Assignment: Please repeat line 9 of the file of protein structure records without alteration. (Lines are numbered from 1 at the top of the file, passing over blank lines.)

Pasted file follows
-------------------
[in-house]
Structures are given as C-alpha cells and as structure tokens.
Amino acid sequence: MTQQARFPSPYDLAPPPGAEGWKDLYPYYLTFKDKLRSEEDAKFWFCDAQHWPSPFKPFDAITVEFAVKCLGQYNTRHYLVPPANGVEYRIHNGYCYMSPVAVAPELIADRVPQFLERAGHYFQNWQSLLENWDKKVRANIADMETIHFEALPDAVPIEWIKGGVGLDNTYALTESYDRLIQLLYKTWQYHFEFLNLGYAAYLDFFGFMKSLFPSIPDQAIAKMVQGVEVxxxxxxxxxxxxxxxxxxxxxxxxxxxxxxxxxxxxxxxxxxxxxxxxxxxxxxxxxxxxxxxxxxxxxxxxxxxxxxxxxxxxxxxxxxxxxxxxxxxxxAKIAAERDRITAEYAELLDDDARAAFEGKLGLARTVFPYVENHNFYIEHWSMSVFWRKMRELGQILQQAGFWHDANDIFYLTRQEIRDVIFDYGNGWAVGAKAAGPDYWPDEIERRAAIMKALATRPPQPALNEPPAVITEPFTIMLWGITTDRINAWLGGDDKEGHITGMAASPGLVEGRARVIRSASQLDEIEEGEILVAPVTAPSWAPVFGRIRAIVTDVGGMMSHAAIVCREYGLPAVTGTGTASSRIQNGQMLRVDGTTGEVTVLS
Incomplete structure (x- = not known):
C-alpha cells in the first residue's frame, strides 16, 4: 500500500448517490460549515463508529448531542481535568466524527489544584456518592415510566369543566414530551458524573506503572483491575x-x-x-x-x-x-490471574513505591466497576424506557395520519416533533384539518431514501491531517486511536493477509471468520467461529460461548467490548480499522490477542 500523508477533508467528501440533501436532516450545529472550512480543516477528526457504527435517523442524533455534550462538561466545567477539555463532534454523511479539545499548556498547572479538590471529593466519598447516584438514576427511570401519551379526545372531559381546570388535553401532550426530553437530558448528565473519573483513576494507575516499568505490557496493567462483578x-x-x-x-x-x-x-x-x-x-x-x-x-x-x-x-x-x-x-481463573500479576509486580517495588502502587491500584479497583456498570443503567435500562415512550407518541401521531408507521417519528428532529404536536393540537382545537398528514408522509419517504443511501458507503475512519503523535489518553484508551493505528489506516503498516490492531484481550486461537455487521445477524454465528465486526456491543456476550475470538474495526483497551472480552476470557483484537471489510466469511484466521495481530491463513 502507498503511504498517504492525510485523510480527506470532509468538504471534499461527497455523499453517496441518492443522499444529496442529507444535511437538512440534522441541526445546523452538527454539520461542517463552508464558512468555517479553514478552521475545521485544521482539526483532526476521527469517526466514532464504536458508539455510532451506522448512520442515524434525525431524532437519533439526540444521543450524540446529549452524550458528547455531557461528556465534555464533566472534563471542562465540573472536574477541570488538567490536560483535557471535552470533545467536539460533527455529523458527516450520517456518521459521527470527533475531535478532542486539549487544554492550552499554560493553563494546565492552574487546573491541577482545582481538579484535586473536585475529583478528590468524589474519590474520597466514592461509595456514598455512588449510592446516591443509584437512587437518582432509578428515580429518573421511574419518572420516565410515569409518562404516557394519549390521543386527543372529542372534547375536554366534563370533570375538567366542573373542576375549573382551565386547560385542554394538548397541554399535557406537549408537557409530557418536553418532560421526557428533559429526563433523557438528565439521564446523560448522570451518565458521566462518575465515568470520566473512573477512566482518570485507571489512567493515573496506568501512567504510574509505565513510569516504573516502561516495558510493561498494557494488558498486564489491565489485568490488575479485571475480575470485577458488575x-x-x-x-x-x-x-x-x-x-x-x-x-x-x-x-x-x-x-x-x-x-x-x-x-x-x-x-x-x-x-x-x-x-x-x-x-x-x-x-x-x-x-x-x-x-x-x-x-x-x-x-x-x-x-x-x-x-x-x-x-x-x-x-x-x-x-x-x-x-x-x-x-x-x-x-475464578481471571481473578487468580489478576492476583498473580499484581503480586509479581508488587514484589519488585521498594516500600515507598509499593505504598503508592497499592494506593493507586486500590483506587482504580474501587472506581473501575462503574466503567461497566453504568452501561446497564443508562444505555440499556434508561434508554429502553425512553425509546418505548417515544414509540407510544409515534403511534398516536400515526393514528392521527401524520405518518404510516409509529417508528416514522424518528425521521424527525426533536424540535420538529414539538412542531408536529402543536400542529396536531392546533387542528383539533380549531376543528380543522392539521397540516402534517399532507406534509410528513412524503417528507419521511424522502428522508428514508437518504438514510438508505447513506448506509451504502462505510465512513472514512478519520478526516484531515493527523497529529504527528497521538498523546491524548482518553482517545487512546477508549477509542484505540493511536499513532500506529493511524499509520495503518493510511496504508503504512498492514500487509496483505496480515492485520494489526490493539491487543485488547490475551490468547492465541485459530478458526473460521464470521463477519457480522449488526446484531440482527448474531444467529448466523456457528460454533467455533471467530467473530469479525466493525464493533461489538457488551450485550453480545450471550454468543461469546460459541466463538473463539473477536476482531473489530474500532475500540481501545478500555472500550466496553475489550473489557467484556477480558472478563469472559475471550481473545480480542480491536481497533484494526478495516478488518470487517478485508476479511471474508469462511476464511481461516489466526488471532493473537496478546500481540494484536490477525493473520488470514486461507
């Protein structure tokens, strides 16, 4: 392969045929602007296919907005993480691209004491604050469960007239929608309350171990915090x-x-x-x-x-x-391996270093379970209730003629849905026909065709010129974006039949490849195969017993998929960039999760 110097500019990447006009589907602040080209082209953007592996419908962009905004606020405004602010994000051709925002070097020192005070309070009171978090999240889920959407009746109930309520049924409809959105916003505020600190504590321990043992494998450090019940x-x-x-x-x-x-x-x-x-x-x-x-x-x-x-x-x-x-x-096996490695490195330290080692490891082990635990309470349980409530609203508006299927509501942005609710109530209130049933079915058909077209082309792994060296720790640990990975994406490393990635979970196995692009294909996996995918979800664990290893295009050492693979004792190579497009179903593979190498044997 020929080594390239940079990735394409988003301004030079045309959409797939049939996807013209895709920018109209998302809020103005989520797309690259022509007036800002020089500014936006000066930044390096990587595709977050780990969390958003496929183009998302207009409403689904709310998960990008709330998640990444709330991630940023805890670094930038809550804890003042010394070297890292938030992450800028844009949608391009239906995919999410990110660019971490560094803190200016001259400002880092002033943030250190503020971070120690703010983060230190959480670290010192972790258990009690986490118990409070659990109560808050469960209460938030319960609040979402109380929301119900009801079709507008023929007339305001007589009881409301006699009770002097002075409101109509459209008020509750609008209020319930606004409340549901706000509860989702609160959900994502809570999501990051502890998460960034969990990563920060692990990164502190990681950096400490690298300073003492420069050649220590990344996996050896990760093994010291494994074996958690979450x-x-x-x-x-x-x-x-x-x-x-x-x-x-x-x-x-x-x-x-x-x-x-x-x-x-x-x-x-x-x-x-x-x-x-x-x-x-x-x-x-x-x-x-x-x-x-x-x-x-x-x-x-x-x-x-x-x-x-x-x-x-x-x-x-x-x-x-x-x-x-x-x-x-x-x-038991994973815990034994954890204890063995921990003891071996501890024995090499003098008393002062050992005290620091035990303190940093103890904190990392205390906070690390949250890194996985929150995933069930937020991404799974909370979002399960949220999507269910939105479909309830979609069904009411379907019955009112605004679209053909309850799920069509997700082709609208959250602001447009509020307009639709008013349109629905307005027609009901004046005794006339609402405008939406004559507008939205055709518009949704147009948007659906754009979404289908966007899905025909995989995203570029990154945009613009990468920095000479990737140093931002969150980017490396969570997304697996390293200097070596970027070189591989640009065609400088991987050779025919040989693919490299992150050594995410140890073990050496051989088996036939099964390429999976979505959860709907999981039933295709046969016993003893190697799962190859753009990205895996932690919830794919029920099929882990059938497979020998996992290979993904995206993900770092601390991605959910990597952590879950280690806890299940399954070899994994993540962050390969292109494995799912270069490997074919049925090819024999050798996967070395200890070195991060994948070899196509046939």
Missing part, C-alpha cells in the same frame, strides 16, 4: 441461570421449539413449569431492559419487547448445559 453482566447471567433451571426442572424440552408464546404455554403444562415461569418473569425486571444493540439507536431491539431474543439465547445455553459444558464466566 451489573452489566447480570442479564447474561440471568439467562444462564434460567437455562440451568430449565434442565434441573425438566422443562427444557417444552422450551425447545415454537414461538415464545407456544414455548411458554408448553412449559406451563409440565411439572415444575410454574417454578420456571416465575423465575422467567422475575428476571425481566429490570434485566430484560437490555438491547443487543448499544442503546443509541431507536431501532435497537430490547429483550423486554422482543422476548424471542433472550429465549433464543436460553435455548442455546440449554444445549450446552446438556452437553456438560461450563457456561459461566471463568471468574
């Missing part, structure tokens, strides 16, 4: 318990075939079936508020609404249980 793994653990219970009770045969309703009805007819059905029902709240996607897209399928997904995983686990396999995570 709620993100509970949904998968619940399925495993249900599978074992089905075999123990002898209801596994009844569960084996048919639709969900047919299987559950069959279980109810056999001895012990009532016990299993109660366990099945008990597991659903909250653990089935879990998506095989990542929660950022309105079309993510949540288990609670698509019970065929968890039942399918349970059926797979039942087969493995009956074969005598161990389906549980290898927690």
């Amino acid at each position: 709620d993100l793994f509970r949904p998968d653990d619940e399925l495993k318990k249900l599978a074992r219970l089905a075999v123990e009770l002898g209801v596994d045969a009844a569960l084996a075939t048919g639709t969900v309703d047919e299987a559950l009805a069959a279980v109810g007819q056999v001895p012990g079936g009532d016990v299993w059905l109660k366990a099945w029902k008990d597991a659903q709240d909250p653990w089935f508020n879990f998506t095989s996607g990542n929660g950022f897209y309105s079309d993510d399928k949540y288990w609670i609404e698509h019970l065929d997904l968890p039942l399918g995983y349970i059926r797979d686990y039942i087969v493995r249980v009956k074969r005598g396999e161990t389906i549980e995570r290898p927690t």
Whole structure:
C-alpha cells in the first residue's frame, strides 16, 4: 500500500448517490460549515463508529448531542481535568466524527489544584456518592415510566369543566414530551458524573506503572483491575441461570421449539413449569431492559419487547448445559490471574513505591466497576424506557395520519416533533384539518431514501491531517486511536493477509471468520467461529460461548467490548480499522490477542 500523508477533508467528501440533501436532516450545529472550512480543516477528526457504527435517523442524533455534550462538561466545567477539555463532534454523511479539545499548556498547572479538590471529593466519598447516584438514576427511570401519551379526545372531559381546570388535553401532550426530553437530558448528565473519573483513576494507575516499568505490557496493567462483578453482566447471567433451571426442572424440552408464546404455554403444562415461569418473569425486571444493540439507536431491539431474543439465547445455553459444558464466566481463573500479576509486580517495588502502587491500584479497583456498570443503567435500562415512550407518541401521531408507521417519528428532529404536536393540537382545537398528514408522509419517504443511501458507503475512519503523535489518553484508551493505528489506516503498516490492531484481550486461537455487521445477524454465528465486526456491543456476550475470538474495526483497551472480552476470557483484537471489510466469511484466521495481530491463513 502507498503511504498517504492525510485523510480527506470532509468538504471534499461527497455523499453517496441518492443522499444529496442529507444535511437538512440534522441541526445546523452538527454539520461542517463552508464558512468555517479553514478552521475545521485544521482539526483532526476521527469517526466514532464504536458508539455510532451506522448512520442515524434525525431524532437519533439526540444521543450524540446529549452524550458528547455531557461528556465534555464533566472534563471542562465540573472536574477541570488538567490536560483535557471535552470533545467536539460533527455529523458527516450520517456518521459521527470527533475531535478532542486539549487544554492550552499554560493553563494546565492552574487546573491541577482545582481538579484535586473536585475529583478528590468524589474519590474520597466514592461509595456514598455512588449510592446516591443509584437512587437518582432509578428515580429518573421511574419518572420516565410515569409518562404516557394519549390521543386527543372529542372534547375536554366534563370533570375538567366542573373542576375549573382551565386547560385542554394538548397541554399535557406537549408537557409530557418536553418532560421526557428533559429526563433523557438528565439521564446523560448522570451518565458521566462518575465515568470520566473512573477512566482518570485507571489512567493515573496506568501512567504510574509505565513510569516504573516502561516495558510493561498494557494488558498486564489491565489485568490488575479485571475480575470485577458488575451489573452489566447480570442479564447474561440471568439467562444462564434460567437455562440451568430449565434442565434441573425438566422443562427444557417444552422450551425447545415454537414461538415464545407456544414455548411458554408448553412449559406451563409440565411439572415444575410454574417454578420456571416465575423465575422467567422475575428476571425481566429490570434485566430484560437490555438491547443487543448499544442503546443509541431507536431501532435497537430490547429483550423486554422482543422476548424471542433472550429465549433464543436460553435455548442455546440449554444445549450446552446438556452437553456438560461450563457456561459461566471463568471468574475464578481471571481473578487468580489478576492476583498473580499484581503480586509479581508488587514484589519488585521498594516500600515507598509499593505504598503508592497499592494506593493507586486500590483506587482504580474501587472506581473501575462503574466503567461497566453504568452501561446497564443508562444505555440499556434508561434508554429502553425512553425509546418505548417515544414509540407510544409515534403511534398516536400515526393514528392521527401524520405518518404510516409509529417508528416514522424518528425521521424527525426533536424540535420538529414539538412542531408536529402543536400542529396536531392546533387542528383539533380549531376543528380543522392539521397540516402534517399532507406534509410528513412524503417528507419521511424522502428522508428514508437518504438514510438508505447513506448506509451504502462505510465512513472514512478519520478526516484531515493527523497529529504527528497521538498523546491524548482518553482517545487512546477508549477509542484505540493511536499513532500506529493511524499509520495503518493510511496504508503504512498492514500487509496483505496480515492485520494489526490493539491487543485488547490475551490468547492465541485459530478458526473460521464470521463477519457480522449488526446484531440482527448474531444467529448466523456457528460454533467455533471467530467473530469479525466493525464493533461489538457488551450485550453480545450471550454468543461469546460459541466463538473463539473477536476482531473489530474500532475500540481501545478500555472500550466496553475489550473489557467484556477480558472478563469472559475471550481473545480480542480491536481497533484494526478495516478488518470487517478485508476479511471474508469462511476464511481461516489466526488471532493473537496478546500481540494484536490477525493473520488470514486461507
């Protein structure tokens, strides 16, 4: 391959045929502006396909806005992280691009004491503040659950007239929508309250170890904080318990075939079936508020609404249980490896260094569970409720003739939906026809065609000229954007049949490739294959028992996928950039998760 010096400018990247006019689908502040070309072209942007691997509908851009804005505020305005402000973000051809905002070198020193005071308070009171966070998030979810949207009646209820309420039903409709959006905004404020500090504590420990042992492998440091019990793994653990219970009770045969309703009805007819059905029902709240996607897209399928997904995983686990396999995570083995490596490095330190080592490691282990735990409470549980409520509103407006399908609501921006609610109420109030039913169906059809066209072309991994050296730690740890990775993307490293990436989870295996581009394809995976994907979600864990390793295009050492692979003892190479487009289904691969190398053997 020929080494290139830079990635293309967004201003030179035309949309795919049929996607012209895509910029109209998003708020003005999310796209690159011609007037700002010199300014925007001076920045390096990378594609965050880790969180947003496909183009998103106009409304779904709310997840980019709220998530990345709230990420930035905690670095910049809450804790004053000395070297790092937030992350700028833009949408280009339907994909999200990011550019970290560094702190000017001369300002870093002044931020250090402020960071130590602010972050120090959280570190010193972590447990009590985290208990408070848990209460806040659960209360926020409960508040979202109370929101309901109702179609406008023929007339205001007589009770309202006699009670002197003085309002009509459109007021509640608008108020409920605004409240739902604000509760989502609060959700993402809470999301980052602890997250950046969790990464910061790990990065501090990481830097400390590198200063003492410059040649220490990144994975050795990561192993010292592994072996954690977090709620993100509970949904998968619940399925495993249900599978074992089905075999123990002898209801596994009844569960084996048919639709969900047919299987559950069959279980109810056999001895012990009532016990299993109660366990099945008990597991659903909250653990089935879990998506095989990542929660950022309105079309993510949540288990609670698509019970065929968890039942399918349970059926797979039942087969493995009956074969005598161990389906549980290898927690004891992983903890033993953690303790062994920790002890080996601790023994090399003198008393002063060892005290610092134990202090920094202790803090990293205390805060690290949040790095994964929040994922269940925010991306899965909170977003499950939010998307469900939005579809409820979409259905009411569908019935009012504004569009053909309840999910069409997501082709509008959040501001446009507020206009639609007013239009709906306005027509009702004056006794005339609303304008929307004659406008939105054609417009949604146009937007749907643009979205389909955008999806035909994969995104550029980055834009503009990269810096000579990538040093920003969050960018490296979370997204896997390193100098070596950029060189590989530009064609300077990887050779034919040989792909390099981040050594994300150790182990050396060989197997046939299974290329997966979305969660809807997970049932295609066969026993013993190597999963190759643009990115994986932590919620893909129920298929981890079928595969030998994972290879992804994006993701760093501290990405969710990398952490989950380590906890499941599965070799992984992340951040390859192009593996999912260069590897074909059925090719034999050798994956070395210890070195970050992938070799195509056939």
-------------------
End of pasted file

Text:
């Amino acid at each position: 709620d993100l793994f509970r949904p998968d653990d619940e399925l495993k318990k249900l599978a074992r219970l089905a075999v123990e009770l002898g209801v596994d045969a009844a569960l084996a075939t048919g639709t969900v309703d047919e299987a559950l009805a069959a279980v109810g007819q056999v001895p012990g079936g009532d016990v299993w059905l109660k366990a099945w029902k008990d597991a659903q709240d909250p653990w089935f508020n879990f998506t095989s996607g990542n929660g950022f897209y309105s079309d993510d399928k949540y288990w609670i609404e698509h019970l065929d997904l968890p039942l399918g995983y349970i059926r797979d686990y039942i087969v493995r249980v009956k074969r005598g396999e161990t389906i549980e995570r290898p927690t």